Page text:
website watertownhistory.org

ebook History of Watertown, Wisconsin

 

S. M. Eaton

 

The Double Winter

1842 - 1843

 

The winter of 1842-43 was the hardest winter ever known in Wisconsin and was called the double winter. From the 8th of November to the 10th of January there was good sleighing; then a January thaw came and all the snow went off and people thought that spring had come, but it froze up again after about eight or ten days of soft weather and snow began falling again every few days until it was three feet deep everywhere. Hay, oats and corn got so scarce that the many settlers drove their cattle to the woods and cut down the trees and saved their cattle in that way.

 

My father took the Parsons farm and worked it the season of 1843. We had a field of wheat east of the house that threshed 47 bushels to the acre. There was no place to store it; no barn or granary, so they took fence rails and built a square pen and laid a bed of straw on the bottom and lined up the sides with straw and put the wheat in it and covered it with hay. It kept all right until our pigs, (we had had a few that were on the farm and they had increased considerable, so with what wolves had not caught there must have been a dozen) and they got to rooting around the wheat pen and caused a leak, so that the wheat ran out and they lived on it. My father could not stand to see the waste but could not prevent it. He went down to Whitewater and told Mr. Parsons about it. He listened to father's story and then ask whose hogs are they? Father said they are ours. 0, well, as they are our hogs and our wheat let them eat, they won't eat any more than they want.

 

We lived on that the farm two years and then father went into what was then called Barkwoods, where he preempted a quarter section, all heavy timber. Mr. Joseph Green, a brother-in-law of Mr. Parsons, and father of my wife, had come from the east and he joined a father in the land and took the east 80. A pre-emption would hold the land one year and then he paid a patent. Father pre-empted after one year and Mr. Green the next year, and that gave them two years to pay for it.

 

Our only revenue was selling timber. As people came into the country, and more especially into Whitewater, all had to get timber from the woods to build with. (Both my father and Mr. Green were good timber makers.) Father got several jobs to supply the timber, among others one for a church which would net him money enough to pay for his land.

 

We used to haul the timber to the river (Bark River) and raft it down about two miles, then by wagon to Whitewater. I did the hauling to Whitewater with the oxen.

 

When the time came to pay for the land he wanted the money, but the church people had no money; they had spent all they had in building the church. They wanted father to take a pew in the church and they would credit the pew rent on his bill. As we lived fully seven miles from the church and had no way of getting there only by walking he did not engage a few. Father was in great trouble then as to how he was to get the money to pay for his land and told the church people his situation, finally one good Christian Brother consented to loan my father $100 at 25 per cent interest.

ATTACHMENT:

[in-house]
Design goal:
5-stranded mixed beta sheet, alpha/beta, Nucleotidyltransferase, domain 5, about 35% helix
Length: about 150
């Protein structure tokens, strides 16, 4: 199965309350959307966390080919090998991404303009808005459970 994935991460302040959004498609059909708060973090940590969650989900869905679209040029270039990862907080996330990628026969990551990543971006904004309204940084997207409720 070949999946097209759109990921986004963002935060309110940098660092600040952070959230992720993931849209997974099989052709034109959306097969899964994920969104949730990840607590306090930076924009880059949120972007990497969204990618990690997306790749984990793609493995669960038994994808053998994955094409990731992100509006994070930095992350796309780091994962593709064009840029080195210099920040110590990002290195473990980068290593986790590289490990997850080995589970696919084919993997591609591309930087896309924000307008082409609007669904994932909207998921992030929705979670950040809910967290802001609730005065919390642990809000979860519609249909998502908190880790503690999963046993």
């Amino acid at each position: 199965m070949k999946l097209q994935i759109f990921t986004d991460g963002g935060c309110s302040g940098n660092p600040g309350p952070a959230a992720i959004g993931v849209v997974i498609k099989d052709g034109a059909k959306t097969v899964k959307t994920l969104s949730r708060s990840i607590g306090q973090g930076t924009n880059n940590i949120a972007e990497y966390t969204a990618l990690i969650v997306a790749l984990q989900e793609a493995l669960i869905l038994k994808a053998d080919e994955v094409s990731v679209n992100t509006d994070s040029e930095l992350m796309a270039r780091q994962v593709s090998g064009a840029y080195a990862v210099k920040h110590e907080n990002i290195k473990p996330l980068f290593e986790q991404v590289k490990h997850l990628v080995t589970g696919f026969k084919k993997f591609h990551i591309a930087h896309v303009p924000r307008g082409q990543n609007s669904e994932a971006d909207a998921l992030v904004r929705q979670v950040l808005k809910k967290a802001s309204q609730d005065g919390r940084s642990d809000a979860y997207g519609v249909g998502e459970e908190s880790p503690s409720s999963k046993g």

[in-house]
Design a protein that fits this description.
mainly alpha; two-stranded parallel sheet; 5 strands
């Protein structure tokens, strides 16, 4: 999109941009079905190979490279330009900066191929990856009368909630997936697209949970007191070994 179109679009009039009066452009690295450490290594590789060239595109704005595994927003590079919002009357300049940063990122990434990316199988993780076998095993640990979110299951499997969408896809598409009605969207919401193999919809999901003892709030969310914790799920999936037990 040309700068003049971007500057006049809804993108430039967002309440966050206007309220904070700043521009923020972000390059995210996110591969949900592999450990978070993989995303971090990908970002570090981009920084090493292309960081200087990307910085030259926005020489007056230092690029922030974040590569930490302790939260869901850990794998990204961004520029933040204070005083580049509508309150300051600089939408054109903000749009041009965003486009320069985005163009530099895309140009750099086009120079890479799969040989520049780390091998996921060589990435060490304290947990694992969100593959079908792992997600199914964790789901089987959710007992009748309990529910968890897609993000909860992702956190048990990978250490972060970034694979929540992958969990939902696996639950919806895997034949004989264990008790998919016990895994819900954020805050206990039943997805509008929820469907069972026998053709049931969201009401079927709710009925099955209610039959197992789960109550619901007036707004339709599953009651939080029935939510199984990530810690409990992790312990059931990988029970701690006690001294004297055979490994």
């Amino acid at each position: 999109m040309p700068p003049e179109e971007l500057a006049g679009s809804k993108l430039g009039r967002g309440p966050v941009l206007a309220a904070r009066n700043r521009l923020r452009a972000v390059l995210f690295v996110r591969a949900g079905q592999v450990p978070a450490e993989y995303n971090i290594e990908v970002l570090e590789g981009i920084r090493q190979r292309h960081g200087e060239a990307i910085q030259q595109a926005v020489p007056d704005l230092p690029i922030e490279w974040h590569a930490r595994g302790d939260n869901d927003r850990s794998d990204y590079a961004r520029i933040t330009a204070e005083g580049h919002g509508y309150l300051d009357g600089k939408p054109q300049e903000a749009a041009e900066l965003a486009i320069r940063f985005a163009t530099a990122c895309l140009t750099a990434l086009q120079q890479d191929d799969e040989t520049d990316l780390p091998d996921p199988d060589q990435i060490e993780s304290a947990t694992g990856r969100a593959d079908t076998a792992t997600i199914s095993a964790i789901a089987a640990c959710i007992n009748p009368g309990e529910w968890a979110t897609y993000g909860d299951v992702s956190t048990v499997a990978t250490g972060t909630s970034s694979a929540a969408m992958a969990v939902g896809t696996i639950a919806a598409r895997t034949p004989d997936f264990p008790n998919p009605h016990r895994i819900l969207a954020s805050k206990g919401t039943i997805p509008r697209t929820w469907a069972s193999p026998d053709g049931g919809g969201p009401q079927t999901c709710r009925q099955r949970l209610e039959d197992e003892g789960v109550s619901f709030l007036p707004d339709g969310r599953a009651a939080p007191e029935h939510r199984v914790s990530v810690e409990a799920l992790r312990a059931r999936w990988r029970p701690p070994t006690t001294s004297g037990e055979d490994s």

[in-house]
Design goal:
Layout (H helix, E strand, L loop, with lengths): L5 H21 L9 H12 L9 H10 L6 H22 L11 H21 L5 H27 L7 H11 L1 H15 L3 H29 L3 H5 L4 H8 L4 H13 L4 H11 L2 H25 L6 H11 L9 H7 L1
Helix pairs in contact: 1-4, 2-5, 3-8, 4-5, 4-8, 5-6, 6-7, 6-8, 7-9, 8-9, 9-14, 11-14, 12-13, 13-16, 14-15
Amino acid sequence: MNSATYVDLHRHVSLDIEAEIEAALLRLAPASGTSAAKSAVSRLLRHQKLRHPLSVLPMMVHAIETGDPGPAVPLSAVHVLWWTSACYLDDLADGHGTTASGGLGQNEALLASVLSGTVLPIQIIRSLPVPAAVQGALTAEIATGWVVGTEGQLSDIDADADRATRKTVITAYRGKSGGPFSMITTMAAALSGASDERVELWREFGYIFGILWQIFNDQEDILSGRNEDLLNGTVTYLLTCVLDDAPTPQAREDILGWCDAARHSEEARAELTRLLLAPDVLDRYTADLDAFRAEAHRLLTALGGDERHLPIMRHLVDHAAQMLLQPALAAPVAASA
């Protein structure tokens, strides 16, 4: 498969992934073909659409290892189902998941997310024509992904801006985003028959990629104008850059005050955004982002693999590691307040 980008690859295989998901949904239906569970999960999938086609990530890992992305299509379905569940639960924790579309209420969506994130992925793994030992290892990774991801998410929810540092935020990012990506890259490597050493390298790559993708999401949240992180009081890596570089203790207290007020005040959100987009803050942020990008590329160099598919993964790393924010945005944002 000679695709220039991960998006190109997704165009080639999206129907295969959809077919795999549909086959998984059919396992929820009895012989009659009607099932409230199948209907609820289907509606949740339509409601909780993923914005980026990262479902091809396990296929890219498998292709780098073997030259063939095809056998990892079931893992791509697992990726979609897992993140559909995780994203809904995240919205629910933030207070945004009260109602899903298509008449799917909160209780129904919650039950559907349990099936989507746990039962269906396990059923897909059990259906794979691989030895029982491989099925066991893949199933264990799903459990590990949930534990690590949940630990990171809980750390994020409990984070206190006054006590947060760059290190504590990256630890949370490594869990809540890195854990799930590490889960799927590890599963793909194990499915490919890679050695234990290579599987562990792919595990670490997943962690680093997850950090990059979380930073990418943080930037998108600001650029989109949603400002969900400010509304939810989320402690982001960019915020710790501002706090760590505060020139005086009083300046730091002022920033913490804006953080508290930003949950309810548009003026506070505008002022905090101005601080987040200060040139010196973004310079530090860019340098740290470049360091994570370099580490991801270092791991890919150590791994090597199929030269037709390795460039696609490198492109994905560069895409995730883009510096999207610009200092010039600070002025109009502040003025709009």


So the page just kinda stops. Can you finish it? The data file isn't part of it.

Father took the money and secured the land, but he was four years paying it back. That was Christianity at 25 percent. He had a severe sick spell and was given up to die. The doctor from Whitewater refused to come anymore. The last time we sent for him he said it is no use. I can send him something to make him die easy, that's all I can do. The messenger said, I don't want your medicine and then consulted one other doctor that had lately arrived. He was a Thomasonian doctor, a Dr. Powers, he came and treated father and he and improved from his first treatment and finally was cured entirely. We finally got land enough cleared so we could raise enough to live on; and I have seen that country all cleared and blossom as the rose.

 

I could write many pages and tell of the situation and hardships we endured. How practically everyone had fever and ague. How we waded the river in the spring nightly to spear suckers for food; how we made maple sugar and traded it for other necessities; how we caught a wild hogs, and how we secured quantities of wild honey. We had come to the land of honey minus the milk, but the milk came in due time. I knew one man that had three barrels of strained honey and one time and he had no meat, only as he killed a deer occasionally and he traded a barrel of honey for a barrel of pork, so he had pork and honey.

 

I could fill many pages with stories -- some of joy and pleasure and some of sadness, sickness and death. How many were sick and unable to help themselves; how we that were well went and took care of them and harvested their crops, of wheat and corn and all without the thought of pay or reward.

 

My brother-and-law, Calvin Green, an old soldier, now over 85 years, living at Hebron and myself used to be the good Samaritans in our neighborhood and we have done many a hard days work in saving neighbors crops and helping to thresh the same, and we never received or expected any pay, other than the satisfaction of having done a kind act.

 

I could tell of the first 4th of July celebration in Jefferson County where we had a big free dinner for everyone; where a special oven was built by Maj. Boyington to cook turkeys and pigs; and a bass drum was made by a Jesse Wright from a hollow basswood log and hundreds of other things, but I think I have written enough to weary your patience to decipher it.

 

So I will quit right here.

 

Your old friend and pioneer,

 

S. M. Eaton.

 

Cross References:

Eaton & Son file